Jan 10, 2016

Winter Shotgunning

With the Holidays behind us, and winter in its full glory, there are still lots of opportunities to get out with the shotgun. Late season bird and rabbit hunting opportunities are still available. Game farms are open for hunting/training sessions and there are numerous clay shooting opportunities.

Winter shooting is pretty straightforward, but it does require a little thought about gun care. A beautiful, cold, sunny winter day can still treat your gun like you were out in the rain. A little snow or ice on your gun may look innocuous enough, but when shoved back into a case to melt later, it will develop the same rust issues as any wet situation will.

The same thing can happen by just using your gun in cold weather and then putting it back into the case. That ice-cold metal can produce condensation and moisture, creating problems you won’t see until you open the case later.

When using my gun in cold weather, I always wipe it down before I encase it for the trip home. When I get home, I take the gun out of the case and stand it in a corner, with the muzzle down on an old towel, and let it warm up for an hour or two. If it’s a pump or autoloader, have the action open. If it’s a break open gun, take the barrels off the receiver, and stand them up. Later, preferably that evening, wipe them all over with a dry cloth again. Then run a dry patch through the barrel(s), followed by another that is lightly oiled. Then wipe out the entire action thoroughly with a cloth and a little oil of your choice.

If the gun was really subjected to wet or blowing snow, make sure you do a complete tear down of the action and clean as normal, but don’t load it up with lots of oil, especially an autoloader. Some people think more oil is better for an autoloader, but, especially non-synthetic, oil can “stiffen up” in cold weather and in warmer conditions oil attracts dust and dirt and can still “gum up” an autoloader action. Less is more in this case. If the gun has screw in chokes, pull them out, wipe ‘em down, lightly oil and reinstall.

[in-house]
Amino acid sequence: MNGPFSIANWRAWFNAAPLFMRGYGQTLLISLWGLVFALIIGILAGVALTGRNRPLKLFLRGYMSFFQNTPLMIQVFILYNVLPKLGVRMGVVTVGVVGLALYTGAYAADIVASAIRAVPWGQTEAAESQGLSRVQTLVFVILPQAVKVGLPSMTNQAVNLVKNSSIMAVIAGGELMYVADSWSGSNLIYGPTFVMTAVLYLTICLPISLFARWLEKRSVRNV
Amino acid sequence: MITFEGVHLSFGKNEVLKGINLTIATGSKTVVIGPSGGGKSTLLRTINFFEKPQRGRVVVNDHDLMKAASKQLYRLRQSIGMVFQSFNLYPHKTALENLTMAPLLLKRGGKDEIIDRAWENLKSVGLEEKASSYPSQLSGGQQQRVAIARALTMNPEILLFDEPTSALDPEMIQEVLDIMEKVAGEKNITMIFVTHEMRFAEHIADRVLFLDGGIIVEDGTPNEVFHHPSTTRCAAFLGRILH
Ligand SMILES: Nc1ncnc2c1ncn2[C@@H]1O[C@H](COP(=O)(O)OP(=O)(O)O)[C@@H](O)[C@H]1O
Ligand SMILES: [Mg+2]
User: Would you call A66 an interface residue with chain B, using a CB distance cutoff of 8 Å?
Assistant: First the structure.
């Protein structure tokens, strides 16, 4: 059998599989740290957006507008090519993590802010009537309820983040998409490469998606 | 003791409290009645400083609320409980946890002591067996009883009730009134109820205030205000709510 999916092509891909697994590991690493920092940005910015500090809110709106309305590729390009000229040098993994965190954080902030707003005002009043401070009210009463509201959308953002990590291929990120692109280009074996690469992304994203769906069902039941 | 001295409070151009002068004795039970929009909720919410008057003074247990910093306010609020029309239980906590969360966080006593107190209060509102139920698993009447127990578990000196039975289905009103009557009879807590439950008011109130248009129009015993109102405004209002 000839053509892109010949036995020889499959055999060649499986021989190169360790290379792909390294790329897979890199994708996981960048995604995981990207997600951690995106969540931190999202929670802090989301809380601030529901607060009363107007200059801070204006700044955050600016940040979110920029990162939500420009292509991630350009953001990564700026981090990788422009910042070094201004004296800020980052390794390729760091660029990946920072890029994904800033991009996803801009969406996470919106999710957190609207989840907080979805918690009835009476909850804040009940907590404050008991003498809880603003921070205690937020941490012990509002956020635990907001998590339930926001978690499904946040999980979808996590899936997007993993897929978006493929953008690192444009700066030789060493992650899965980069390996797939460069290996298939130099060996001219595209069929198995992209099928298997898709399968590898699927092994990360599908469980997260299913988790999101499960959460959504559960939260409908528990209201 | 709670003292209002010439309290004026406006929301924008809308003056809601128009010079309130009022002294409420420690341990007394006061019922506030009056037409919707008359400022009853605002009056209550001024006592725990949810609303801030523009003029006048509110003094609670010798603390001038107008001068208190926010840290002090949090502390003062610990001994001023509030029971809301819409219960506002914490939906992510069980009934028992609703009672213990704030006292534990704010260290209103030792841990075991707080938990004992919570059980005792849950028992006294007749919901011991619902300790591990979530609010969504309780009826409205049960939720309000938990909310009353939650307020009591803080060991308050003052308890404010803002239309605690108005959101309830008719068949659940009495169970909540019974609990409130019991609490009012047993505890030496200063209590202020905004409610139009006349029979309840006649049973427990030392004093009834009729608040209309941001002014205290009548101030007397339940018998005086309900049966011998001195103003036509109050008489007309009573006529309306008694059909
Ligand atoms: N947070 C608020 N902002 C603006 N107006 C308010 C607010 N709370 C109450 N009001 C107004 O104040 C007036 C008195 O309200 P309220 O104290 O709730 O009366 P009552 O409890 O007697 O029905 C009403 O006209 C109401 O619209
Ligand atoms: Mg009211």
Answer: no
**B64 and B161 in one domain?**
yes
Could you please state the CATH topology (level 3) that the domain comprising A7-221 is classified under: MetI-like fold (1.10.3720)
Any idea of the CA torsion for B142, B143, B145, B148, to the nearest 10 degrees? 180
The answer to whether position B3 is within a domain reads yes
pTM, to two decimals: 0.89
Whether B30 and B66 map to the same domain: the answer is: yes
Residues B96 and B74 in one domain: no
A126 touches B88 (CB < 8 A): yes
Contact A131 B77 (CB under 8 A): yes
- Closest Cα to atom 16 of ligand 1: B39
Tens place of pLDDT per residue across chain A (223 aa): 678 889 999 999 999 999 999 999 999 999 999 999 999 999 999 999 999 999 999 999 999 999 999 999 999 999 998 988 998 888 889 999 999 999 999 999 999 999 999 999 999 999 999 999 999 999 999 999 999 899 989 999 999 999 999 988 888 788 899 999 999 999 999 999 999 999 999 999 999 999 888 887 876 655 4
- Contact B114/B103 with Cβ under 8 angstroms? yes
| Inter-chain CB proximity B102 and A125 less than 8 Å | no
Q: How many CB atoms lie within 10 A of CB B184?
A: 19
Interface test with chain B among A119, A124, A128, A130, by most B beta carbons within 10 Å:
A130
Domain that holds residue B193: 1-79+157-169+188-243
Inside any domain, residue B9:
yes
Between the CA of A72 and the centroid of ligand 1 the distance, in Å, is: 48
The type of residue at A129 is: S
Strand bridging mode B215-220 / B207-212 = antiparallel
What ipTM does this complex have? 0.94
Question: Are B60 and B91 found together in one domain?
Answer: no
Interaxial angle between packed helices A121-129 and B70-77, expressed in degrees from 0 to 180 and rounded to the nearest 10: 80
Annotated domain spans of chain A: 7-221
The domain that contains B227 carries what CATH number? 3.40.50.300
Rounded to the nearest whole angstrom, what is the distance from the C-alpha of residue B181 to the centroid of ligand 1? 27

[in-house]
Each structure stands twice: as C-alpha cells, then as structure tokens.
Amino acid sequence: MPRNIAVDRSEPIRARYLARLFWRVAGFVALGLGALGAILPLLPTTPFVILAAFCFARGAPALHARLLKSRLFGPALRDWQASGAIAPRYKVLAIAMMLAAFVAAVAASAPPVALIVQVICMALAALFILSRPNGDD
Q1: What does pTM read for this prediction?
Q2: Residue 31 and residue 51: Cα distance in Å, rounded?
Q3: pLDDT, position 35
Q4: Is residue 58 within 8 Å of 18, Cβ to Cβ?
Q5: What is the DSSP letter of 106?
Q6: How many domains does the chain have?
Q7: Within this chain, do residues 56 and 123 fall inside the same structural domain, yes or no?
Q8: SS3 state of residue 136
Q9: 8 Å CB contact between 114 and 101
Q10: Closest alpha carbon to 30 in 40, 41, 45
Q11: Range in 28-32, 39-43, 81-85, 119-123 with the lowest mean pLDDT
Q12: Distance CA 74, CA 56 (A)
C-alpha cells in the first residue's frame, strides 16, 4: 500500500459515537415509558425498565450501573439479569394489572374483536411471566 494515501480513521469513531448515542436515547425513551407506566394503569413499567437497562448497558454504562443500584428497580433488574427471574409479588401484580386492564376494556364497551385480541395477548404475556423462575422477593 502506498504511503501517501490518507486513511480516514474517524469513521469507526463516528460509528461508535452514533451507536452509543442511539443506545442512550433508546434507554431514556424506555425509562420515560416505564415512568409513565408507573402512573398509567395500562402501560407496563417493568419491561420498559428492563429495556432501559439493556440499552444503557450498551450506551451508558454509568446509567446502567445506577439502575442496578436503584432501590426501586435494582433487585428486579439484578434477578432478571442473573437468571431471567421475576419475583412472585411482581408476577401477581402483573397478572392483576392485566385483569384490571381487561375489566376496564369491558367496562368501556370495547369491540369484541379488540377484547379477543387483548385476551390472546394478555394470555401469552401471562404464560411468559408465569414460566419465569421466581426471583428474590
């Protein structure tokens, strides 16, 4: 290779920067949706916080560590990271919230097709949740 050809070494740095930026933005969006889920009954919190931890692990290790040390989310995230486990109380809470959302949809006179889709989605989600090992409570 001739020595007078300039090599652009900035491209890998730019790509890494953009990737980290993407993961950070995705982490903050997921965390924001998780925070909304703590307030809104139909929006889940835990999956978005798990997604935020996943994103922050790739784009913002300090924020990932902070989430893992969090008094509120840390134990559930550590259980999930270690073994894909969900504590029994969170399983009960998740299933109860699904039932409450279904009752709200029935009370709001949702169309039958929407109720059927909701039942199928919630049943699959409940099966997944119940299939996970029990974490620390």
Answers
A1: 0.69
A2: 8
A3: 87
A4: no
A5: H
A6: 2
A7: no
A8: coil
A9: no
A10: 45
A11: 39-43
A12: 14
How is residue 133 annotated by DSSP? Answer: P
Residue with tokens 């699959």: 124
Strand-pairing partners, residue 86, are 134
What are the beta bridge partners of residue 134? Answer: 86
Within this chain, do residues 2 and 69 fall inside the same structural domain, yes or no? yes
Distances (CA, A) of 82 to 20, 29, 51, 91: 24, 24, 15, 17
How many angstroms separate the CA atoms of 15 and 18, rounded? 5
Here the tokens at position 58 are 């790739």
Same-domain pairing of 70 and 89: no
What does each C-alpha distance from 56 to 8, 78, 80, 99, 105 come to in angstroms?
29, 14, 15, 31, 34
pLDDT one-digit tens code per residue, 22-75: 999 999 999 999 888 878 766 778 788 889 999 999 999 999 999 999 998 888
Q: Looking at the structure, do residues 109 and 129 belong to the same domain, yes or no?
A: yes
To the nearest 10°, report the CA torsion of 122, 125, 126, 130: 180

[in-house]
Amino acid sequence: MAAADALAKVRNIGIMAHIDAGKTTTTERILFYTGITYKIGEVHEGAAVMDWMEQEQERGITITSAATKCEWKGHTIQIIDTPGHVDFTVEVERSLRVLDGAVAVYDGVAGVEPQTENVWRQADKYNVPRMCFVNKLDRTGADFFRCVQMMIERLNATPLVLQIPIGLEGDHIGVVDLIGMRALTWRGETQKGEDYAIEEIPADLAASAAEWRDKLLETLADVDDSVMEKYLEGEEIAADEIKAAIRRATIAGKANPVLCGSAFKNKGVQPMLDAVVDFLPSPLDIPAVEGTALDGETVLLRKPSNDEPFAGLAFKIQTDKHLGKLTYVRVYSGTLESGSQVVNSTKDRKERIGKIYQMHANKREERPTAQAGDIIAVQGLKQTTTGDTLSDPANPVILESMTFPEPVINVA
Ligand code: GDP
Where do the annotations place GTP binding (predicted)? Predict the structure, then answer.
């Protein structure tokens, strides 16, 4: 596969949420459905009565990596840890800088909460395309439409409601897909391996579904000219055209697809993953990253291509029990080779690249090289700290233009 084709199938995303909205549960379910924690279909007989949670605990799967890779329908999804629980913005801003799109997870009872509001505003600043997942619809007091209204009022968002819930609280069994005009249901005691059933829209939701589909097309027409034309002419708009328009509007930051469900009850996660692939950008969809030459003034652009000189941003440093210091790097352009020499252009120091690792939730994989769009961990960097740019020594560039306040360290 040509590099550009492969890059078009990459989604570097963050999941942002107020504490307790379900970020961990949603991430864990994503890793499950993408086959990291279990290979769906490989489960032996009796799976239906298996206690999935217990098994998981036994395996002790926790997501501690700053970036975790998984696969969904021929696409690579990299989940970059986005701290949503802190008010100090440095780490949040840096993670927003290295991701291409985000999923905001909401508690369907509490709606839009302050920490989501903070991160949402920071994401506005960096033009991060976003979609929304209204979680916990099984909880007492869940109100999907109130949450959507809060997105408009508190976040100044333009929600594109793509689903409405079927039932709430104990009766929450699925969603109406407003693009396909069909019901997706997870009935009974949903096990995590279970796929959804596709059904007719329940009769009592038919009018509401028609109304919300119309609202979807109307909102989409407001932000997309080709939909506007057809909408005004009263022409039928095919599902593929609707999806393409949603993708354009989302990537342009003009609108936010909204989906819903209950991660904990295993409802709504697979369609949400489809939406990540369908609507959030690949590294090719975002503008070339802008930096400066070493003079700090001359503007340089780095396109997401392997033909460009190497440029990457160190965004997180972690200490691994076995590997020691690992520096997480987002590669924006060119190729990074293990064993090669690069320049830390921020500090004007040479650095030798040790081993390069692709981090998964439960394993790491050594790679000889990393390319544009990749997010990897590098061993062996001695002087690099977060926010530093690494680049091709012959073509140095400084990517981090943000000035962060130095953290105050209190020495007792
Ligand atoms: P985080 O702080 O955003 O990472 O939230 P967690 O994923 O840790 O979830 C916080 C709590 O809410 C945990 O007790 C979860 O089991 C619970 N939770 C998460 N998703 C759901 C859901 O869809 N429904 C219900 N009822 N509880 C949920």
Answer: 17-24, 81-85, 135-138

Don’t forget the case! The materials inside gun cases can hold moisture for a long time, if the gun was wet, so is the inside of the case. If it has a full-length zipper, open it all the way, lay it out with the inside fully exposed so it can dry. If it doesn’t, I use my commercial wader/boot dryer and slide the case on one of the wader uprights and let it dry overnight or as the timer is set. You can do the same thing cheaply by using an old hair dryer, but be careful, run it on low and watch it so you don’t melt or burn anything.

Cold weather shooting requires a little extra careful, but it’s well worth it.